Susan Hobbs Gallery
137 Tecumseth Street
June 20 - August 10
Growing up on the land of the Moose Cree First Nation near the tip of James Bay in northern Ontario, Duane Linklater had two choices in or out: by small plane or, more frequently, via the Ontario Northland Railway, which, until government cutbacks forced the closure of the southern segment of the line last year, ran some 530 (often desolate) miles between the town of Moosonee and Toronto. To call it a lifeline might be an overstatement, but for Linklater and anyone else along the far-flung whistle stops that dot the “Northlander” route, the train is more than just an essential passageway south; it’s a collective measure of the distances and disconnections that course through cultural memory and identity.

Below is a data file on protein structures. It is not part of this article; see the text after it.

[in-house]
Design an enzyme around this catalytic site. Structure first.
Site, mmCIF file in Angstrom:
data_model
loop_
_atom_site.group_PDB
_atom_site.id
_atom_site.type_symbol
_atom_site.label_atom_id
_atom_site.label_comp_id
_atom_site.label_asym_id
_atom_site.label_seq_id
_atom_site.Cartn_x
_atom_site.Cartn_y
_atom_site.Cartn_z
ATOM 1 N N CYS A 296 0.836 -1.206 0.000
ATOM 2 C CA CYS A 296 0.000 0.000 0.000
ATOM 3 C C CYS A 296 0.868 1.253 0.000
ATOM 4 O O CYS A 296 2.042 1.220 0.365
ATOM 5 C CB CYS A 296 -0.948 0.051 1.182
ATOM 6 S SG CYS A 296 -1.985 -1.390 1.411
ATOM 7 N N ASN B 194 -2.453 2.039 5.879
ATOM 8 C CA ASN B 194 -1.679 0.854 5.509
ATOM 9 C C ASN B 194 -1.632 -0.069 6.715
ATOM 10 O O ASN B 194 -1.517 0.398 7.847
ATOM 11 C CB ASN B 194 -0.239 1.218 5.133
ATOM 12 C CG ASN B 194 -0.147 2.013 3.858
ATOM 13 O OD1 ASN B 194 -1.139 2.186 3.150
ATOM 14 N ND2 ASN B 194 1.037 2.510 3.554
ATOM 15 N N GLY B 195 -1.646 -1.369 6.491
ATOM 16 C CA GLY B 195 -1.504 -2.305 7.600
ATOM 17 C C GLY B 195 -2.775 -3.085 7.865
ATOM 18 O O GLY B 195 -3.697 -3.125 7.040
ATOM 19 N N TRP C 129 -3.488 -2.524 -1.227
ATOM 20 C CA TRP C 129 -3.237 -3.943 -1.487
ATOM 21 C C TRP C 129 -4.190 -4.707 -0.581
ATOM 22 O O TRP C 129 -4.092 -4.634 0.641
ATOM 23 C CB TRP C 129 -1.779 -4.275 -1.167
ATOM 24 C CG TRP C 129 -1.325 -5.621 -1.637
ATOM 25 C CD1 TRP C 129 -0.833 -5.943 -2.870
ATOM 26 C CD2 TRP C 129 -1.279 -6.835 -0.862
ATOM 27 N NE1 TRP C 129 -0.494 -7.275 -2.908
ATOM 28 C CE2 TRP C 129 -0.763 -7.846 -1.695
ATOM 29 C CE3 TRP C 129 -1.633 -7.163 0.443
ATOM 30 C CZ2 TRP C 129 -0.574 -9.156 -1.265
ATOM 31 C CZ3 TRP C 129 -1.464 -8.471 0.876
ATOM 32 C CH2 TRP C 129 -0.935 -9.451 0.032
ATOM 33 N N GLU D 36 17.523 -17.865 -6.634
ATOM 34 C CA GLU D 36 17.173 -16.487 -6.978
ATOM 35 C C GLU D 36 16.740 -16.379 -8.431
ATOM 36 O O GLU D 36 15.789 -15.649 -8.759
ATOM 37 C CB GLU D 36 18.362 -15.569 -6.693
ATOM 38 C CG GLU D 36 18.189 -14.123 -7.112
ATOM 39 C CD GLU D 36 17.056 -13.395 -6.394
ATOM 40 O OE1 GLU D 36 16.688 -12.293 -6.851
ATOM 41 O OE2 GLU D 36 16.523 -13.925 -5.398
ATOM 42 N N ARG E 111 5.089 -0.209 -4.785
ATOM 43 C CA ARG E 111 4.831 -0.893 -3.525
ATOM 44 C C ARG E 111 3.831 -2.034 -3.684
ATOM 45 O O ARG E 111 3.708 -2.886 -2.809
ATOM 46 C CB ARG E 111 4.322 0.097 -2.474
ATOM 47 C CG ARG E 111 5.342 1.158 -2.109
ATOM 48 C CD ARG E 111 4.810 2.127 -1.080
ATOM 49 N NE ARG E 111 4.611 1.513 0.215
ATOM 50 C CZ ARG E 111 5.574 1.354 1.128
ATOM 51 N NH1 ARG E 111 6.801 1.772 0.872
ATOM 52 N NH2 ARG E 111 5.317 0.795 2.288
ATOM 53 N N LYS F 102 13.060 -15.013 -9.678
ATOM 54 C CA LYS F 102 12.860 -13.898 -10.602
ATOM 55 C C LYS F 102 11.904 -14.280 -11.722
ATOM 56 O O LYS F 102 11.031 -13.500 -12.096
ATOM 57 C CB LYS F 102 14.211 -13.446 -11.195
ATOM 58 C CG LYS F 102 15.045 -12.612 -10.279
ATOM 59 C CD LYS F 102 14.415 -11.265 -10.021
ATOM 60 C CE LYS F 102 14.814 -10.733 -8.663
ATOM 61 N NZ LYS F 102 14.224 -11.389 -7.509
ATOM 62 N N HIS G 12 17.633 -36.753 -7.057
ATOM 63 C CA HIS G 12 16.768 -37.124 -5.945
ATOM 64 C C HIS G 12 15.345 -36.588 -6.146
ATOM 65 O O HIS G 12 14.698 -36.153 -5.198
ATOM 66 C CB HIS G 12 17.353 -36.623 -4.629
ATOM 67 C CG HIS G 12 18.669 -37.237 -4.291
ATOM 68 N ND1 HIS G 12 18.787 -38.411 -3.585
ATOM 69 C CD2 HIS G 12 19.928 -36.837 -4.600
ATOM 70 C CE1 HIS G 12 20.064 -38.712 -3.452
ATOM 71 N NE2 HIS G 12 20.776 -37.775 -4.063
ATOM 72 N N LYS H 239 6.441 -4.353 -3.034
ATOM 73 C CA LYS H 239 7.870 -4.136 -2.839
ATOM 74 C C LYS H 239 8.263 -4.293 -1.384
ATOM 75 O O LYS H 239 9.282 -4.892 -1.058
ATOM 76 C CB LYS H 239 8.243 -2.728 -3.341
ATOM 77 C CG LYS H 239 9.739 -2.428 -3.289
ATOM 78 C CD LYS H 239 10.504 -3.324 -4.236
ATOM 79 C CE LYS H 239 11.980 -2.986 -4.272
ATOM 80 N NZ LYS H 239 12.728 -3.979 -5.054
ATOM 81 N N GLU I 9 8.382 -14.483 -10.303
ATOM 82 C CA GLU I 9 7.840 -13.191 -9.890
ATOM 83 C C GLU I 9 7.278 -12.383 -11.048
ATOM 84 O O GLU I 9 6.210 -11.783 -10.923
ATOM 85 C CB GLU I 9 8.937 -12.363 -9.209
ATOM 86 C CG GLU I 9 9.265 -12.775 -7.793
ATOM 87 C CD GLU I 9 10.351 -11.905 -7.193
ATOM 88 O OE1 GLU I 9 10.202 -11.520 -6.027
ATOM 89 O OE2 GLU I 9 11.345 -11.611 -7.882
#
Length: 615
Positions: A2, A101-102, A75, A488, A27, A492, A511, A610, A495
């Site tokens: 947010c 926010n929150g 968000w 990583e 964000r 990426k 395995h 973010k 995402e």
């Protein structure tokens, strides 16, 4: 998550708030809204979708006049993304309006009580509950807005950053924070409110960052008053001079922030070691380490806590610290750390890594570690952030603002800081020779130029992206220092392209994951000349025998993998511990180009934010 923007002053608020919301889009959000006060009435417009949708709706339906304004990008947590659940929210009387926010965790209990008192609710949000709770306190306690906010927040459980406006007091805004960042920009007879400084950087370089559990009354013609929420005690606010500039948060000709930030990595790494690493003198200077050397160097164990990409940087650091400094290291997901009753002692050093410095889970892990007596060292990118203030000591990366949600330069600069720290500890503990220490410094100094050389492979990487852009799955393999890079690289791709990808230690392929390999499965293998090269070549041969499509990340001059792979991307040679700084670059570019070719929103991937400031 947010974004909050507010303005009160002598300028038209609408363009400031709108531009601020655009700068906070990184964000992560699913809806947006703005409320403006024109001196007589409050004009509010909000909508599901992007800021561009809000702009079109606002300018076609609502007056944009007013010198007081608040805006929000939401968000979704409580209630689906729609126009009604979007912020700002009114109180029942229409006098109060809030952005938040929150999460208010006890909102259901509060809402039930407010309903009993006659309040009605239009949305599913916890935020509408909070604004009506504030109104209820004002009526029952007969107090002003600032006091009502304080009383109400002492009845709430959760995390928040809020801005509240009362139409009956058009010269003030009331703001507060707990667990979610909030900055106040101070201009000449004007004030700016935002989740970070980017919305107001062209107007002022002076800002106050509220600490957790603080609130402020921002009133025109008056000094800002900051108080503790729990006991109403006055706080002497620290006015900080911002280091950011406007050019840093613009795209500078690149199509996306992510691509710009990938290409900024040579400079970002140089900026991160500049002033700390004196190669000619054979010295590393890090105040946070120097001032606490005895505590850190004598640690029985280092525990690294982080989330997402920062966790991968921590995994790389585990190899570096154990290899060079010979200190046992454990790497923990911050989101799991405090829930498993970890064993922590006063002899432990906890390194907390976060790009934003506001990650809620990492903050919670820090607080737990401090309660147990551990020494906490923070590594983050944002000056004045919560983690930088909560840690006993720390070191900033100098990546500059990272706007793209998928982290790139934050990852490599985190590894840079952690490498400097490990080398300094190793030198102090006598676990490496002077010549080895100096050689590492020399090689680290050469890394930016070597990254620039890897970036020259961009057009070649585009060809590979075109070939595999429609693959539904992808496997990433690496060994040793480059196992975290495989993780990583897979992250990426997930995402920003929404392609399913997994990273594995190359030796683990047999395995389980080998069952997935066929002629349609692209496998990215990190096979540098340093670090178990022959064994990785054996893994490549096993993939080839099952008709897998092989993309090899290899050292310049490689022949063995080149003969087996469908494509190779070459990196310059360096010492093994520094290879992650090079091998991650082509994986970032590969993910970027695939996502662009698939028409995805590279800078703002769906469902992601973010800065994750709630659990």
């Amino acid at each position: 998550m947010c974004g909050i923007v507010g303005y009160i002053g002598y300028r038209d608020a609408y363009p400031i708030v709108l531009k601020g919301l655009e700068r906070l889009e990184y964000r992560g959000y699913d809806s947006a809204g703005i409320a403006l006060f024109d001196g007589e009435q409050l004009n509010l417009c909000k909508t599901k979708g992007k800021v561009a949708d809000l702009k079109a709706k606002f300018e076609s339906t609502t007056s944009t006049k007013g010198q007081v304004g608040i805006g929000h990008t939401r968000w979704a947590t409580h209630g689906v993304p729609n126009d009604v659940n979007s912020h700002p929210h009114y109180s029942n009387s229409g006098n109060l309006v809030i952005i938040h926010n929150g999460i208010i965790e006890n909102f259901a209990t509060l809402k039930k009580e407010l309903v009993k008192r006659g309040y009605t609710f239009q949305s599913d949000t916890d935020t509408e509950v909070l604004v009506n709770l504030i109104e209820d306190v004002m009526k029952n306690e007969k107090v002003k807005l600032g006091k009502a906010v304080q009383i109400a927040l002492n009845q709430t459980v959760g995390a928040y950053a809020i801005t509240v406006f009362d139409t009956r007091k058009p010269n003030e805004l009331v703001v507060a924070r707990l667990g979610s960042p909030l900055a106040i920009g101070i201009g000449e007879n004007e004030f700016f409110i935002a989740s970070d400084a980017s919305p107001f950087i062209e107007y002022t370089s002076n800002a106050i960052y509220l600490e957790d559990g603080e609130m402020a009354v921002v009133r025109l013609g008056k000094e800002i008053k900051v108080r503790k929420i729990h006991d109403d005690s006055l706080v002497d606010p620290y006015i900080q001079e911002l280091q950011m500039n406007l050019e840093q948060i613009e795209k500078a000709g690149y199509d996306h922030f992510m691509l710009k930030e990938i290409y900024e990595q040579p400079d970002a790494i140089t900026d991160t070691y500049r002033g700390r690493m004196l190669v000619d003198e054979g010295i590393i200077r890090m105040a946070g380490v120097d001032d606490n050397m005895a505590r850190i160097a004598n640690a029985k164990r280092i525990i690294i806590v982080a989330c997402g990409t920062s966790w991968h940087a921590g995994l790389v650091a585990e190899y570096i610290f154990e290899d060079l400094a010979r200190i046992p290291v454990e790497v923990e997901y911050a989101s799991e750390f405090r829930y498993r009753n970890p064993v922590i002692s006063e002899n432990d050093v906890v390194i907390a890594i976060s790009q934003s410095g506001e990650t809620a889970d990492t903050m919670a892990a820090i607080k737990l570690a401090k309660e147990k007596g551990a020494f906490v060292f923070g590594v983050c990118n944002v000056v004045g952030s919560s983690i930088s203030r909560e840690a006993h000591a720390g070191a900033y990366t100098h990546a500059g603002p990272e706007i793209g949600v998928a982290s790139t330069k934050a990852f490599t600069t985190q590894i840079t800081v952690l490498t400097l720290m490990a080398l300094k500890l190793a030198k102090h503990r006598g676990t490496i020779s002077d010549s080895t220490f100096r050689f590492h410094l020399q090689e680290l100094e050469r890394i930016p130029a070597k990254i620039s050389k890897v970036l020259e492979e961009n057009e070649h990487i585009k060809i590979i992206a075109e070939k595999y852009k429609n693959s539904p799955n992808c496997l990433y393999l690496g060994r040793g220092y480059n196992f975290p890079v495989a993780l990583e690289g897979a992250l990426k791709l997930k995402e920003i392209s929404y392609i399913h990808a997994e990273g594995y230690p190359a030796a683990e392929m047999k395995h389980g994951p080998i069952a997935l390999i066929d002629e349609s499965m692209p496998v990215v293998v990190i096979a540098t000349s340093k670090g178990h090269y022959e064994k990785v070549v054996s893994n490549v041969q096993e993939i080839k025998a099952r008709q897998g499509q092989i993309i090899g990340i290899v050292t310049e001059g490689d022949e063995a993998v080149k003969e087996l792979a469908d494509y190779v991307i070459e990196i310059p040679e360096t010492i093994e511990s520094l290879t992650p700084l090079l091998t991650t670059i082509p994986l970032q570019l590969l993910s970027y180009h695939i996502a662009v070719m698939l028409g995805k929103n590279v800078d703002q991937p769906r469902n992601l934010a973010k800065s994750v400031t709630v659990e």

Linklater has since come a long way, but the formative impact of this railway seems to never be far from his mind. The centerpiece for his exhibition “Learning” transforms the Ontario Northland logo into a floor-to-ceiling wall painting, the parallel bands of its familiar tripartite chevron design registering as a lightning strike at the subliminal potency of constructed identities—past, present, and future. That challenge to the authority of memory is mirrored in a set of three accompanying works: a mail-order print of Canada geese by popular 1970s Ojibwa artist Benjamin Chee Chee, computer-screen photos of Kurt Cobain at an MTV Unplugged session in 1993, and a Mohawk warrior atop a wrecked police truck during the 1990 Oka crisis in Quebec. All hold an unsettled resonance for Linklater, representing pivotal personal shifts in a boyhood spent far from the fray, but also carrying their own tragic charge as iconic lives and moments that burned brightly and then out. Bringing them together is a coming to terms of sorts for Linklater, a speculative exercise that reconnects the line between lessons learned and legacies not to be forgotten.